The Stranger’s Child
The Stranger’s Child is Alan Hollinghurst’s masterpiece, the book that cements his position as one of the finest novelists of our time. In its scope, intelligence and elegance, The Stranger’s Child can be placed in the great tradition of the novel alongside epics by Marcel Proust and Anthony Powell. And yet, in its subtly political exploration of homosexuality in English society, it deals with an utterly contemporary subject in an utterly contemporary way.
The Stranger’s Child begins with sixteen-year-old Daphne Sawle sitting in a hammock in the garden of Two Acres, the family home in suburban London. She is making a show of reading Tennyson before her brother George arrives to visit with his Cambridge friend Cecil Valance, a handsome, assured and sometimes outrageous young man with a burgeoning reputation as a poet. After a tantalizing and dramatic weekend Cecil writes a long poem in Daphne’s autograph album as a parting gift. It is titled “Two Acres,” and both Daphne and George (whose feelings for Cecil also go well beyond mere friendship) immediately see how important the poem is – but none of them can foresee the complex and lasting effects it will have on all their lives.
When the next section of the novel begins, everything has changed: Daphne is married to Cecil’s brother Dudley Valance; George to a historian named Madeleine; and Cecil is dead, killed by a sniper in World War One. A Cabinet officer and man of letters named Sebastian Stokes has come to Corley Court, the Valance family’s country home, to put together an edition of Cecil’s poems and speak to each family member in turn about him. He is especially curious about Cecil’s personal (and passionate) letters and unpublished poems, papers that seem to have gone missing, and whose absence will loom paradoxically through the rest of the novel.
The book leaps forward and we are at another party, this one to celebrate Daphne’s seventieth birthday. George is now the acclaimed historian G.F. Sawle; Daphne’s son Wilfrid, a charming boy in the previous section, has grown into a nervous and somehow fractured adult. We meet Peter Rowe, a music teacher at the boarding school that now occupies Corley Court, and his boyfriend, Paul Bryant, a bank employee with a feeling for Cecil’s poetry. Soon Paul is taking up an idea that Peter abandoned: to write a biography of Cecil Valance. It means making some startling discoveries about a past that the Valance family would prefer to keep in sepia and shadows.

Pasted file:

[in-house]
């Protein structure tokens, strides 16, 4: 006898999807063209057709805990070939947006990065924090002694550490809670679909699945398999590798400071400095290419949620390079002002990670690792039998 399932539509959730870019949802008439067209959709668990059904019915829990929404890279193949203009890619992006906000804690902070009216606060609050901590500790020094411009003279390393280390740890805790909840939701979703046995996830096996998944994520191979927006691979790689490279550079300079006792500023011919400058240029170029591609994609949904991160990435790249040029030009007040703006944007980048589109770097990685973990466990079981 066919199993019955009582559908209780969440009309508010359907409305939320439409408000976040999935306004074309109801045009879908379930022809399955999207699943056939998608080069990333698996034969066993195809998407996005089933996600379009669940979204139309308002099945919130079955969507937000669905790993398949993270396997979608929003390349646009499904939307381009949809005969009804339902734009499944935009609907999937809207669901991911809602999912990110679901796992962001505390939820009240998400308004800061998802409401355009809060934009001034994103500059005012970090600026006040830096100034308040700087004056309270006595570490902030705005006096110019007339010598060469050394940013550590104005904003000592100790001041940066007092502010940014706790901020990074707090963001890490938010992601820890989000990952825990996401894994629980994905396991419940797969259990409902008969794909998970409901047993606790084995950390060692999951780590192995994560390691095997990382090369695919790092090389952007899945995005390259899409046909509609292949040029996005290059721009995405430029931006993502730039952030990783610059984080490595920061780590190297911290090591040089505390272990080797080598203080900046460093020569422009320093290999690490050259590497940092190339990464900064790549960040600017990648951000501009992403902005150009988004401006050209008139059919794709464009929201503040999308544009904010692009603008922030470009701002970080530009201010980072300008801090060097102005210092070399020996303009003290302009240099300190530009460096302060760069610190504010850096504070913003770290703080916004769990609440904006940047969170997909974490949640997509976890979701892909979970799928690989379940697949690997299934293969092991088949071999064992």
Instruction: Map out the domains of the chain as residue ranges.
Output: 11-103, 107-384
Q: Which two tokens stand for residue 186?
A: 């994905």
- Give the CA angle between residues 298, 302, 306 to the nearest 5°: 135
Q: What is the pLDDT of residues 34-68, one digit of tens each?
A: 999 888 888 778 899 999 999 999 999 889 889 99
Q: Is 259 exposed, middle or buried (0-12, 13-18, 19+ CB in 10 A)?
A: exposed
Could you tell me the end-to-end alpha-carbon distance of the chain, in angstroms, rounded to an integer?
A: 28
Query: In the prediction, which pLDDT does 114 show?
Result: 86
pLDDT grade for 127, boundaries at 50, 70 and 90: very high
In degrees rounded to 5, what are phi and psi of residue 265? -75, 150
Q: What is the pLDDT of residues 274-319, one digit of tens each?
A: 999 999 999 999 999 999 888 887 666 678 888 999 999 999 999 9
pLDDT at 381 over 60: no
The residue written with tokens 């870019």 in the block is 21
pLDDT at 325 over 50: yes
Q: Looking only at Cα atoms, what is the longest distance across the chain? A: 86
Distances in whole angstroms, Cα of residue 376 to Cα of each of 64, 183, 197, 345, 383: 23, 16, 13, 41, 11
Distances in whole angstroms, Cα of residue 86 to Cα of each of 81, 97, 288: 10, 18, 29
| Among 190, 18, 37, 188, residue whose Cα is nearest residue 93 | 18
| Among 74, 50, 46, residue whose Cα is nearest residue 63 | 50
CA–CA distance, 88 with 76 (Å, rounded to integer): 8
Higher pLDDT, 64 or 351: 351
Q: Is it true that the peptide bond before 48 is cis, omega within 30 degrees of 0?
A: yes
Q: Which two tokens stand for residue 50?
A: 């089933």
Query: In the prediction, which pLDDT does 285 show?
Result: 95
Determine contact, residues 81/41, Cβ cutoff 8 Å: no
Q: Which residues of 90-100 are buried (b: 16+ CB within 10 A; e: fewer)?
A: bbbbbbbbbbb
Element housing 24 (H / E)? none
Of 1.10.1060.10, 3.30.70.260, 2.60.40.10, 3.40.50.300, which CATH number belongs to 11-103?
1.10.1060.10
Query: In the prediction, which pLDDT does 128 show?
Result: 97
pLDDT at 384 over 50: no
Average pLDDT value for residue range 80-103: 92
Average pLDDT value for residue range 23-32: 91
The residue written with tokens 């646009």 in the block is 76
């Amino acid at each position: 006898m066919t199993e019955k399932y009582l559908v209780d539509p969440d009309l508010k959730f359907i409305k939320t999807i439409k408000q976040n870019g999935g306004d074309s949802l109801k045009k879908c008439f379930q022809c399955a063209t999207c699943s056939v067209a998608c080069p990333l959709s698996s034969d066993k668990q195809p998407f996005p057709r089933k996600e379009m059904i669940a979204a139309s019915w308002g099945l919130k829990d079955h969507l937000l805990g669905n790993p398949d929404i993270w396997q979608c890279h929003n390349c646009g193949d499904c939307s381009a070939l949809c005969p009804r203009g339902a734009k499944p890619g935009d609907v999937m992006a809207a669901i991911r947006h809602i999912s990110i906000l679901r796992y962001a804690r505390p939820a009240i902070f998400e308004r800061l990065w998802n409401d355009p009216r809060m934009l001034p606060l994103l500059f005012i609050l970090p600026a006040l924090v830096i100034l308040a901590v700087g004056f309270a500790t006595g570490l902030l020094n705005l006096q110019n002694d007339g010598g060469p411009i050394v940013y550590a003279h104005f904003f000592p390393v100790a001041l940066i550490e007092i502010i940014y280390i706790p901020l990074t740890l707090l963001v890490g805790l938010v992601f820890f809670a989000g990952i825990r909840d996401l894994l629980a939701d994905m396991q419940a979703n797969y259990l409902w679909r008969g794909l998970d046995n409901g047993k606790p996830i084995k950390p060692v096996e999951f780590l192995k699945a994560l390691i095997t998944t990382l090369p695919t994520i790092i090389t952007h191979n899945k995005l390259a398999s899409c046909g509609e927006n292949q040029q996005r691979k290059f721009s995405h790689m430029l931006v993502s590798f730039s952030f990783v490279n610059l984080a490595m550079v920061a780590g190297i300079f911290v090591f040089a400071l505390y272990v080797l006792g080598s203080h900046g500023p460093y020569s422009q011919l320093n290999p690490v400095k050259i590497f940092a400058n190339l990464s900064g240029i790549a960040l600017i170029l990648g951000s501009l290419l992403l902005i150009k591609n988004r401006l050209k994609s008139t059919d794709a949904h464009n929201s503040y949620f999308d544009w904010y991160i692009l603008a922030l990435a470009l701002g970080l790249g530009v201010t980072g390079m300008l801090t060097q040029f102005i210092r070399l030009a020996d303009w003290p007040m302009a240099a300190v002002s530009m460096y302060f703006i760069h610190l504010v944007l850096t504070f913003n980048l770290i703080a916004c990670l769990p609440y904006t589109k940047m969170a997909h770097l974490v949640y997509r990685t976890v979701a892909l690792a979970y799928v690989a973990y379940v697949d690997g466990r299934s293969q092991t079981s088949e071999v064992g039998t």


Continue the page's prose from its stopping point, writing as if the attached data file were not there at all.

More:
The Stranger’s Child is by turns a gripping literary mystery, an absorbing social study of some pivotal moments in history, and a sensuous and beautiful exploration of the secret passions that determine our lives. From Edwardian suburbs to the offices of the Times Literary Supplement in the 1970s, from High Table wit to the realities of life working behind the counter at a provincial bank, it seems there is no corner of English life that Alan Hollinghurst cannot make present and palpable. Throughout this book he displays his unmatched gift for creating characters who live and breathe, and makes The Stranger’s Child that rare thing, a historical novel whose characters, in their passions and betrayals, constantly surprise the reader. In telling the story of the Valances, Hollinghurst casts a clear eye on the ways that each new generation tries to keep the family’s secrets buried – and reminds us that outsiders who try to dredge secrets to the surface have their own very mixed reasons for doing so.
Reading this book, we are so utterly immersed in its characters’ lives that their memories come to seem like our own, at once vital and in the process of being lost. And perhaps this is the novel’s most extraordinary quality: the way it gives us events as they happen, and then shows them being transformed in the memory, and transformed again as they are documented, for good and ill. The Stranger’s Child is an astonishingly sensitive and perceptive novel, and one that will itself surely be read for generations to come.
LONGLIST 2013 – IMPAC Dublin Literary Award
A Globe and Mail Best Book
A New York Times Notable Book
“If this wonderfully well-made and witty novel doesn’t win the Man Booker Prize, there is no justice in the world… . Constantly provocative, intricately plotted, slyly hilarious––in short, a triumph of the storyteller’s art.”
—Brian Lynch, Irish Independent
“Captivating… . It is elegant, seductive and extremely enjoyable to read, and peppered with astute, apparently casual noticings… . The Stranger’s Child will no doubt be one of the best novels published this year.”
“A remarkable, unmissable achievement, written with the calm authority of an author who could turn his literary gifts to just about anything.”
—Richard Canning, The Independent
“There is a huge cleverness to the book at a structural and, as it were, managerial level… . Hollinghurst, as ever, is quietly brilliant about architecture. . . . There’s also a lot that is purely and simply very funny.”
—Keith Miller, Daily Telegraph
“The Stranger’s Child feels like the kind of novel that [E.M.] Forster might have written had he continued… . An impeccable, ironic, profoundly enjoyable plot structure… . Aesthetically, The Stranger’s Child is probably the best novel this year so far.”
—Amanda Craig, The Independent